At some point, the adjectives to describe these Gopher losses run dry. Are they baffling? Mind-numbingly frustrating? Incredibly consistent? Or just flat-out humorous?

Another game, another day, another venue brought the same tired results as the Gophers took another double-digit lead and opportunity against a strong opponent and squandered it.

The Gophers (17-13; 5-12 in the Big Ten) were done no favors by questionable officiating all night, but the team came up short on too many ensuing opportunities to complain.

At the end, it was extremely poor shooting and the failure to covert easy plays that cost the Gophers the last meaningful game of the season as they tumbled 52-45 at No. 14 Wisconsin, their sixth consecutive loss.

"Some calls didn't go our way -- we got six calls in a row against us," said freshman Andre Hollins, who had a strong, 18-point performance in the loss. "Eventually it got out of hand. ... It's definitely demoralizing. You try to fight through it, you keep saying not a lot of people win here, but we had them by 10 ... and it's just frustrating."

After the Gophers built that 10-point lead with two minutes to go in the first half, the Badgers started to creep back, and six minutes into the second half, Wisconsin tied the score at 25 on a controversial three-point play by Mike Bruesewitz. Bruesewitz was initially called for a charge on Andre Hollins, but the call was overturned and called a block.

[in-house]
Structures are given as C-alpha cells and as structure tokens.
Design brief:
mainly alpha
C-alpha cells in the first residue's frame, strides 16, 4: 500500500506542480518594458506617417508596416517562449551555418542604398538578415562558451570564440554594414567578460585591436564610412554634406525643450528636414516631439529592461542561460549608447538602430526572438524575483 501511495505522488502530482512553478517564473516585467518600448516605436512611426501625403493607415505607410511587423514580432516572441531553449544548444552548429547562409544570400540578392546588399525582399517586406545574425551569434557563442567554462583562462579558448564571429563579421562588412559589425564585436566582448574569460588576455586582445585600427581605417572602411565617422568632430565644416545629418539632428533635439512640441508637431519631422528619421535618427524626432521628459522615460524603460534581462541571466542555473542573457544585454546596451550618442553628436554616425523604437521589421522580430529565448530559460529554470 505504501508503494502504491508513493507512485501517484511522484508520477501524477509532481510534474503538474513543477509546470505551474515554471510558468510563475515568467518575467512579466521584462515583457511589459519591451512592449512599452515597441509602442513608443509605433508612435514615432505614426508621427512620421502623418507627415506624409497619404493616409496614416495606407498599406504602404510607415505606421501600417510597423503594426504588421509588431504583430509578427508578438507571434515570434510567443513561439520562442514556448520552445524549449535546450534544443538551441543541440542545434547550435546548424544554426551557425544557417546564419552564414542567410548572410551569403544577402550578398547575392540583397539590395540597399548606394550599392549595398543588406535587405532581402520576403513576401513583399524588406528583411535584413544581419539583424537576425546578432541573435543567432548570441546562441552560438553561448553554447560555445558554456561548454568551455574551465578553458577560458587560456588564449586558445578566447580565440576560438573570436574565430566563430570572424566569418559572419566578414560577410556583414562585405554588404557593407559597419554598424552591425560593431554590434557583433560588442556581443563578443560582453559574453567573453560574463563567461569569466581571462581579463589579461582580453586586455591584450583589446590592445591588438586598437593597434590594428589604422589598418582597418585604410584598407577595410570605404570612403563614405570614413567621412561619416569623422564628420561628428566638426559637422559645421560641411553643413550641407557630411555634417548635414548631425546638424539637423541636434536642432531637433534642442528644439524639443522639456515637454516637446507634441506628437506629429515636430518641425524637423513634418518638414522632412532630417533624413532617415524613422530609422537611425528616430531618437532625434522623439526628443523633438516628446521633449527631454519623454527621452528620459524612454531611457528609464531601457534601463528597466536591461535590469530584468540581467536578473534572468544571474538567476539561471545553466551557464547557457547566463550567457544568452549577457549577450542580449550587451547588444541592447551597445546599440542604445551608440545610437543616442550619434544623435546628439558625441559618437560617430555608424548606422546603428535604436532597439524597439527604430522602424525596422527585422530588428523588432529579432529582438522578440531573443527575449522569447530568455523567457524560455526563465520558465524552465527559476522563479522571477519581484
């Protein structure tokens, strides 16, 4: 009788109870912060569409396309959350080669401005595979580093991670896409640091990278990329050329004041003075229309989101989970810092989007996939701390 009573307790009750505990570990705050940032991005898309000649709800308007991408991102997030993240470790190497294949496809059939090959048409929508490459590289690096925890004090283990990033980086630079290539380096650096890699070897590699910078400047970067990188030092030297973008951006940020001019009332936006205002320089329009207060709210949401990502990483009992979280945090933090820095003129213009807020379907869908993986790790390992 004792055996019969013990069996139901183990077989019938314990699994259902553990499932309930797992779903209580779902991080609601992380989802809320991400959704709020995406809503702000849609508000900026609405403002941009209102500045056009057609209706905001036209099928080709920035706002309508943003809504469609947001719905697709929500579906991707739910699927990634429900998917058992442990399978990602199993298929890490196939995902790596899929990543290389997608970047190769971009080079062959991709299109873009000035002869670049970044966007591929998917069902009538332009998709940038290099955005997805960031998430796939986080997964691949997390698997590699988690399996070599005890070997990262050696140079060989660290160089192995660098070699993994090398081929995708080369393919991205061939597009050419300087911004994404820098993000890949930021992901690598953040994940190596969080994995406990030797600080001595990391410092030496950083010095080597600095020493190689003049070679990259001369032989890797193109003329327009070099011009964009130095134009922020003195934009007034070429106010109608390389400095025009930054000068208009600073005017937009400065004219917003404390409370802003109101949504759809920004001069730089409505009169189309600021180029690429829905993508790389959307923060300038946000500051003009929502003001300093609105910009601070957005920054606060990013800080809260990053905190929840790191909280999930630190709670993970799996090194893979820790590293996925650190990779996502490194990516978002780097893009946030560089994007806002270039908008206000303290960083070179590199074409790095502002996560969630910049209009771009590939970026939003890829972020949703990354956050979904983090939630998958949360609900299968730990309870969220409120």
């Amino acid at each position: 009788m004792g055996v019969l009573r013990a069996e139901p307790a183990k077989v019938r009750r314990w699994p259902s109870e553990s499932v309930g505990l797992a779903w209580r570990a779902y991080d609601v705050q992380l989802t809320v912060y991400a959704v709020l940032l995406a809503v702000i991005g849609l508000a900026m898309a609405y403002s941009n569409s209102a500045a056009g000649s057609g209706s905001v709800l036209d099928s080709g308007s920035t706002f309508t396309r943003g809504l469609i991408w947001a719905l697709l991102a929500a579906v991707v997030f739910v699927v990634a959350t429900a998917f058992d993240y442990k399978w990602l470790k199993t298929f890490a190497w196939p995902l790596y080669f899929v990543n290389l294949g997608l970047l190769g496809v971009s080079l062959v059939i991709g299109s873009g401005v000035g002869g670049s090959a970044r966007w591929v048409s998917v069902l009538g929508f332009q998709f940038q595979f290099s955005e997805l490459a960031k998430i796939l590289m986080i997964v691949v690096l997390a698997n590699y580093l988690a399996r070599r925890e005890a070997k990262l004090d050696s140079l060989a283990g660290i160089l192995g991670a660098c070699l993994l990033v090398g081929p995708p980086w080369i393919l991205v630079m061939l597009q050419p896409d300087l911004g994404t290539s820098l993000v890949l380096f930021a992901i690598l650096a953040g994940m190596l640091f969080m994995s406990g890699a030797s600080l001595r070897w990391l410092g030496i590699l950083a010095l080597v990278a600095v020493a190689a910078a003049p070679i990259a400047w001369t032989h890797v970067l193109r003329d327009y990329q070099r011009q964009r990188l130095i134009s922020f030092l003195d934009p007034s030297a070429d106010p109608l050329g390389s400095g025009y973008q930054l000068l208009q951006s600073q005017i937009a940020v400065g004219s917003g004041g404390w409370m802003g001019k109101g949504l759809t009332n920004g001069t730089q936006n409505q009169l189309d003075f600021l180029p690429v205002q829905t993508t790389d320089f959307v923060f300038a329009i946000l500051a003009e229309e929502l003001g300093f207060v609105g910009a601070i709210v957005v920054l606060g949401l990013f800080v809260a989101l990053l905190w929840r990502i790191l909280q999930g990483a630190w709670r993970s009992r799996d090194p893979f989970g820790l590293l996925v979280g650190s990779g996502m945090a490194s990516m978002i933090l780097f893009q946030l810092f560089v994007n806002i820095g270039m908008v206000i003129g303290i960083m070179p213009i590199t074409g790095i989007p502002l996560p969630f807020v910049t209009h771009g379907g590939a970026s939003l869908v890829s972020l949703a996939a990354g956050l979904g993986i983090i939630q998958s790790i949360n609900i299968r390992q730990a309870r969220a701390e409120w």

"You're going to huddle like that and change a call, are you kidding me? It's a joke! It really is," coach Tubby Smith said.

Four minutes later, it was even again -- at 27 -- when Smith was called for a technical after arguing with officials on a foul he thought should have been whistled on a three-point attempt by Andre Hollins.

Jordan Taylor hit both free throws to snatch the Badgers first lead since 10 minutes into the first half and gave them an advantage they would keep the rest of the way.

"After you play a long 30-35 seconds of defense and at the end you get a ticky tack foul, and they go to the line, ticky tack foul and you've got to restart the whole clock again, it mounts the pressure," Ralph Sampson III said.

"Now you've got to go back down here, back to defense and do it all over again. After you do it all over again, it kind of weighs down on you."

From there, the Badgers were able to flip the score, boosting their lead to 10 on strong play by Taylor and Wisconsin's sixth three-pointer of the night.

But amazingly, the Gophers still had a chance late, shrinking the deficit to six with three minutes to play. But Minnesota responded by missing seven of its final eight shots -- two of them layups -- and clanking three of its last four free throw attempts.

"You've got to make those shots at the end of the game and when you don't ... those things really hurt you," Smith said. "It really takes the wind out of your sails because you work so hard to get the ball in the basket and we've got to capitalize."

The Gophers have one game left on the schedule --home against Nebraska-- before the Big Ten tournament that marks their last, Hail Mary shot at getting into the NCAA tournament.

"We have to use [that] game as a catapult," Sampson said, "to kind of swing us into the right mindset going into the Big Ten tournament."